Healthy Youth Act

In 2009, North Carolina passed the Healthy Youth Act, providing parents, students, and schools greater access to effective sexuality education.

The law helps North Carolina schools establish sexuality education programs that match parents’ desires, students’ needs, and public health best practices.

Visit our Healthy Youth Act FAQs to learn more about the specifics of the Healthy Youth Act and sexuality education in North Carolina.


For most of North Carolina’s history, sexuality education was controlled at the local level by schools, parents, and public health professionals. While programs varied widely across the state, many communities offered thorough and effective programs.

In the mid-1990s, the North Carolina General Assembly (largely following a nationwide ideological trend) passed a new abstinence-only-until-marriage law. The law required abstinence-only-until-marriage programs, and led many schools to implement programs with inaccurate and dangerous information. The law forced any school system that wanted to provide more information to go through an onerous approval process.

In 2009 – largely because of parents’ desires and strong public health and education research – the North Carolina General Assembly passed the Healthy Youth Act, replacing abstinence-only-until-marriage with Reproductive Health and Safety Education.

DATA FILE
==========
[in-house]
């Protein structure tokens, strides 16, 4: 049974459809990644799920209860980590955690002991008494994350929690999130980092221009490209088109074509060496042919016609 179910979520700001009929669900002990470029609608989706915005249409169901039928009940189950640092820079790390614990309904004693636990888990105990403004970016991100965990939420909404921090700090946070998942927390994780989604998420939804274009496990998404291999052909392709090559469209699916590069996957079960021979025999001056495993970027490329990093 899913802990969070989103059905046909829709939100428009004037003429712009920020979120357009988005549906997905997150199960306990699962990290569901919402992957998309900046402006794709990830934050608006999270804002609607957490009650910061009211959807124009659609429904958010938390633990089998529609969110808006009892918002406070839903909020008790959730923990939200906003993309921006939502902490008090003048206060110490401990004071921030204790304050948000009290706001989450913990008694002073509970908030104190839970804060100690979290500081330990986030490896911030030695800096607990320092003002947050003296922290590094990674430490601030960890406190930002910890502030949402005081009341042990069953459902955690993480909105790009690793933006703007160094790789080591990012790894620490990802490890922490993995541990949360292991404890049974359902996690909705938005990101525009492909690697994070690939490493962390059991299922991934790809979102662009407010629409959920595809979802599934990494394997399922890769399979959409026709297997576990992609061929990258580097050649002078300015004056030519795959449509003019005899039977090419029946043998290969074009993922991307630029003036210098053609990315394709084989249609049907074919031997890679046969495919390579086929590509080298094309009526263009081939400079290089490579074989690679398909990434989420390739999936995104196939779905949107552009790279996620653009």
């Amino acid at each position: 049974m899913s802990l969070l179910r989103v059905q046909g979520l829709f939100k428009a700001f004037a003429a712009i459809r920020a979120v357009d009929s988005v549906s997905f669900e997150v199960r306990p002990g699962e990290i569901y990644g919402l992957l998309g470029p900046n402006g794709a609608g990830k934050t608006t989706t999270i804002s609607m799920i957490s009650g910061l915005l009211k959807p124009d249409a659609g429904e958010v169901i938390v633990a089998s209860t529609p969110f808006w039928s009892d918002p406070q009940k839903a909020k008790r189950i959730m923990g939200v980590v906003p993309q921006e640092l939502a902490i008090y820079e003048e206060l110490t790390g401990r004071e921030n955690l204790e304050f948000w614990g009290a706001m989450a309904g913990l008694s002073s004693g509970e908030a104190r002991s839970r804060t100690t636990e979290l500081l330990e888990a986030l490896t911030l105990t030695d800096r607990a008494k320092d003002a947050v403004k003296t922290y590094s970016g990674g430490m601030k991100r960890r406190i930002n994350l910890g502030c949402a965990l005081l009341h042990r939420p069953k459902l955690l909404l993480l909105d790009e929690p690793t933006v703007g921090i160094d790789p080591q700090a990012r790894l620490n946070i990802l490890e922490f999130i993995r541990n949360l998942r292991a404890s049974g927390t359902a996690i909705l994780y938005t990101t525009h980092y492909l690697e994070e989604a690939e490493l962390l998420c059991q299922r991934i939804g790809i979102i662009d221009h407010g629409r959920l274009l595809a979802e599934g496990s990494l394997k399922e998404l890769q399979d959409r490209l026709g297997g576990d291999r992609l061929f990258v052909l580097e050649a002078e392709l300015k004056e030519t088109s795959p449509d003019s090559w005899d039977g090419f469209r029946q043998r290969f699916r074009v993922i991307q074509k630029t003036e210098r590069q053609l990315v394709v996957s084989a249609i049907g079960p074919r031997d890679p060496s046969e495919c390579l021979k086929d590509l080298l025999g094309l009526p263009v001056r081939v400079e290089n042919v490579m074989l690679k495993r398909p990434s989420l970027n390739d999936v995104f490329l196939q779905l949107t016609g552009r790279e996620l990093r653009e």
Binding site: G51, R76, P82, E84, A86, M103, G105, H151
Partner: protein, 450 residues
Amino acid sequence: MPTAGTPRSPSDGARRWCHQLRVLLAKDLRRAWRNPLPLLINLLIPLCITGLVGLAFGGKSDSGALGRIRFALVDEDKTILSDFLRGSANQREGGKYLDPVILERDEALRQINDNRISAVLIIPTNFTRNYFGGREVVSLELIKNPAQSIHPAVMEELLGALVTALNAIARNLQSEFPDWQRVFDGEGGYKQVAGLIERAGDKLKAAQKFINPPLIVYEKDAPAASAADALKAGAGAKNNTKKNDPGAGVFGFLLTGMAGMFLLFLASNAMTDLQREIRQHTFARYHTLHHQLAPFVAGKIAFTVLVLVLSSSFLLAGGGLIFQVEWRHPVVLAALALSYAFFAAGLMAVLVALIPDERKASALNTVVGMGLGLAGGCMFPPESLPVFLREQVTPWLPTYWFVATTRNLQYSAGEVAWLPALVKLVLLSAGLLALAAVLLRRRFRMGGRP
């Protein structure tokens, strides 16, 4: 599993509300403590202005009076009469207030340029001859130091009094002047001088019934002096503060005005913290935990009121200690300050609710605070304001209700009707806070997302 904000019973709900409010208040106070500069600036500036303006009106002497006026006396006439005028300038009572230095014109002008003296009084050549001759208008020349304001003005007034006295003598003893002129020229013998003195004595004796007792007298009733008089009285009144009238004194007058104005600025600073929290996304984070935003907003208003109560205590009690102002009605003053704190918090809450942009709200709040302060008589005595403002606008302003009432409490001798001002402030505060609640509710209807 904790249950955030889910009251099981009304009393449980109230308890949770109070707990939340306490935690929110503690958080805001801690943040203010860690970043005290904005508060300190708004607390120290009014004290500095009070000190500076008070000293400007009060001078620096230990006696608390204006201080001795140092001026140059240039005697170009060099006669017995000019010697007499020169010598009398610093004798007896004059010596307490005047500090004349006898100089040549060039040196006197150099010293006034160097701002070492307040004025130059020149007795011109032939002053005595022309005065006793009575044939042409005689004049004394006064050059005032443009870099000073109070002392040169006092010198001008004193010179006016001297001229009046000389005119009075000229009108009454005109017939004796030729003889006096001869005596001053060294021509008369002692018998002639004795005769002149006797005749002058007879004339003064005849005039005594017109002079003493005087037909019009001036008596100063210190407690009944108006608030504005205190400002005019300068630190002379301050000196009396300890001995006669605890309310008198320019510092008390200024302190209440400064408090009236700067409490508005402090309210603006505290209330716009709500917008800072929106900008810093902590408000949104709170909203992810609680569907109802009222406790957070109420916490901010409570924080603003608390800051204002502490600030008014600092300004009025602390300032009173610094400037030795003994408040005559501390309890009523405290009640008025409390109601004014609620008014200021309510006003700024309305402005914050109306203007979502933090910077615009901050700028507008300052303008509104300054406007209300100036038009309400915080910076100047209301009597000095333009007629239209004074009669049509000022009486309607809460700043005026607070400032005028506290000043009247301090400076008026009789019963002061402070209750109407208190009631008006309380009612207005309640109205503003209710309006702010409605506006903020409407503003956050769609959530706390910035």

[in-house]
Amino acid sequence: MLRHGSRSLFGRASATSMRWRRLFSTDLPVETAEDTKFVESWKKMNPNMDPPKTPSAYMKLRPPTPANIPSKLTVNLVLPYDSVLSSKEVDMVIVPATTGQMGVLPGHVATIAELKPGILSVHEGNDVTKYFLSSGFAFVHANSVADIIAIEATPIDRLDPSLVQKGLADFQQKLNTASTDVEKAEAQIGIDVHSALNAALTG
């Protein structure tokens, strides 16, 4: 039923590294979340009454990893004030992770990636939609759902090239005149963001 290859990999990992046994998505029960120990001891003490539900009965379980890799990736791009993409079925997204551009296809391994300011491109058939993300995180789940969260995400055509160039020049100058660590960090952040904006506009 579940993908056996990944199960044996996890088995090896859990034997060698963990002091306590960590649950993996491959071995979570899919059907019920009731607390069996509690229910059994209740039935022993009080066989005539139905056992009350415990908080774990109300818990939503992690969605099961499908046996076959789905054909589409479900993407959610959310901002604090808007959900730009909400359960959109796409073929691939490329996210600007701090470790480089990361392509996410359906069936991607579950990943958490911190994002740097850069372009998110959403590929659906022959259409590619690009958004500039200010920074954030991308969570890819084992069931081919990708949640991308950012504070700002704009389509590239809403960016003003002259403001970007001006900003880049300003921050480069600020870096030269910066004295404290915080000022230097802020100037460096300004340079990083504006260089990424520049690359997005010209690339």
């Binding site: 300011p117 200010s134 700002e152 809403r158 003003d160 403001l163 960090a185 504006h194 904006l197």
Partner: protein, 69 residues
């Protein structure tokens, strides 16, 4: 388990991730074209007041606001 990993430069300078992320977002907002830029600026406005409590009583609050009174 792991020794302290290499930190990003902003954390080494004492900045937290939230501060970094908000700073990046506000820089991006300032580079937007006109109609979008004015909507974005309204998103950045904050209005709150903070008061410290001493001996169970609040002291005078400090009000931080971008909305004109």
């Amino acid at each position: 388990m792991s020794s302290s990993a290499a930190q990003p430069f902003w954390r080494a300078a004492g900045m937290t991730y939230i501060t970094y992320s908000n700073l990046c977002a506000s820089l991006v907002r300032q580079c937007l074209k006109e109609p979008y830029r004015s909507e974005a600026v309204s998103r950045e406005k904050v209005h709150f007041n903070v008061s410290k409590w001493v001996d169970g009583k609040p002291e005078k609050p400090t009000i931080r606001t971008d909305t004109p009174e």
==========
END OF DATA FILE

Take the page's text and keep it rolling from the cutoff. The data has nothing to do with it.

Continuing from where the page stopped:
The Healthy Youth Act largely returned curriculum control to local school systems, while establishing baseline content standards. The law also introduced the first-ever requirement that any information provided during sexuality education must be objective and factually accurate.

Sexuality Education in North Carolina Today

In North Carolina, sexuality education is now called Reproductive Health and Safety Education, and it is offered in grades 7, 8, and 9. The guidelines established by the Healthy Youth Act say that sexuality education must include:

  • Abstinence presented as the safest choice and the expected standard for all schoolchildren
  • All FDA-approved methods of contraception
  • HIV/STD risks and prevention
  • And sexual assault and sexual abuse risks and prevention.

In addition, all information presented must be factually accurate, objective and based upon scientific research that is peer reviewed and accepted by professionals and credentialed experts in the field of sexual health education.

Learn more about specific content requirements, administration, parent involvement and more in our Healthy Youth Act FAQs